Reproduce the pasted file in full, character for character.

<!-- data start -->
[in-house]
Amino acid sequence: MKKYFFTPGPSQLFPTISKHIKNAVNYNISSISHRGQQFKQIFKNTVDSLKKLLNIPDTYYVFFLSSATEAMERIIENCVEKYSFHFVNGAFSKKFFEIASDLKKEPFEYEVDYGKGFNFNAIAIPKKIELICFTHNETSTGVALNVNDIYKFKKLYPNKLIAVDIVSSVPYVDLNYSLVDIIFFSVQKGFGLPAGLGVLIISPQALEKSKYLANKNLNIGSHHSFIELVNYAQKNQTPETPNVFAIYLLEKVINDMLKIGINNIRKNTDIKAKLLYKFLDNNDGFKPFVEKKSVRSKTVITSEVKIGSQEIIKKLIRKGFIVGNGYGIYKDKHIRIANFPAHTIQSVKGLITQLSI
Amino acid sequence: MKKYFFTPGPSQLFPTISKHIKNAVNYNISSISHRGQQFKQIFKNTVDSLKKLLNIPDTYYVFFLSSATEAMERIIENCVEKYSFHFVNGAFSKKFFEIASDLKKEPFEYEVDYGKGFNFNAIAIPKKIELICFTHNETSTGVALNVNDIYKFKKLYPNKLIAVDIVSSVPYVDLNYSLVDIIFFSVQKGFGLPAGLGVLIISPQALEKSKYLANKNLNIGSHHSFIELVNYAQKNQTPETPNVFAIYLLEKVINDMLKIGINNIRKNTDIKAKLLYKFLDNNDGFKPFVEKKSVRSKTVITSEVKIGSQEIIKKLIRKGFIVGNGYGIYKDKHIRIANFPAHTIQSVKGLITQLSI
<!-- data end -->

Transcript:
[in-house]
Amino acid sequence: MKKYFFTPGPSQLFPTISKHIKNAVNYNISSISHRGQQFKQIFKNTVDSLKKLLNIPDTYYVFFLSSATEAMERIIENCVEKYSFHFVNGAFSKKFFEIASDLKKEPFEYEVDYGKGFNFNAIAIPKKIELICFTHNETSTGVALNVNDIYKFKKLYPNKLIAVDIVSSVPYVDLNYSLVDIIFFSVQKGFGLPAGLGVLIISPQALEKSKYLANKNLNIGSHHSFIELVNYAQKNQTPETPNVFAIYLLEKVINDMLKIGINNIRKNTDIKAKLLYKFLDNNDGFKPFVEKKSVRSKTVITSEVKIGSQEIIKKLIRKGFIVGNGYGIYKDKHIRIANFPAHTIQSVKGLITQLSI
Amino acid sequence: MKKYFFTPGPSQLFPTISKHIKNAVNYNISSISHRGQQFKQIFKNTVDSLKKLLNIPDTYYVFFLSSATEAMERIIENCVEKYSFHFVNGAFSKKFFEIASDLKKEPFEYEVDYGKGFNFNAIAIPKKIELICFTHNETSTGVALNVNDIYKFKKLYPNKLIAVDIVSSVPYVDLNYSLVDIIFFSVQKGFGLPAGLGVLIISPQALEKSKYLANKNLNIGSHHSFIELVNYAQKNQTPETPNVFAIYLLEKVINDMLKIGINNIRKNTDIKAKLLYKFLDNNDGFKPFVEKKSVRSKTVITSEVKIGSQEIIKKLIRKGFIVGNGYGIYKDKHIRIANFPAHTIQSVKGLITQLSI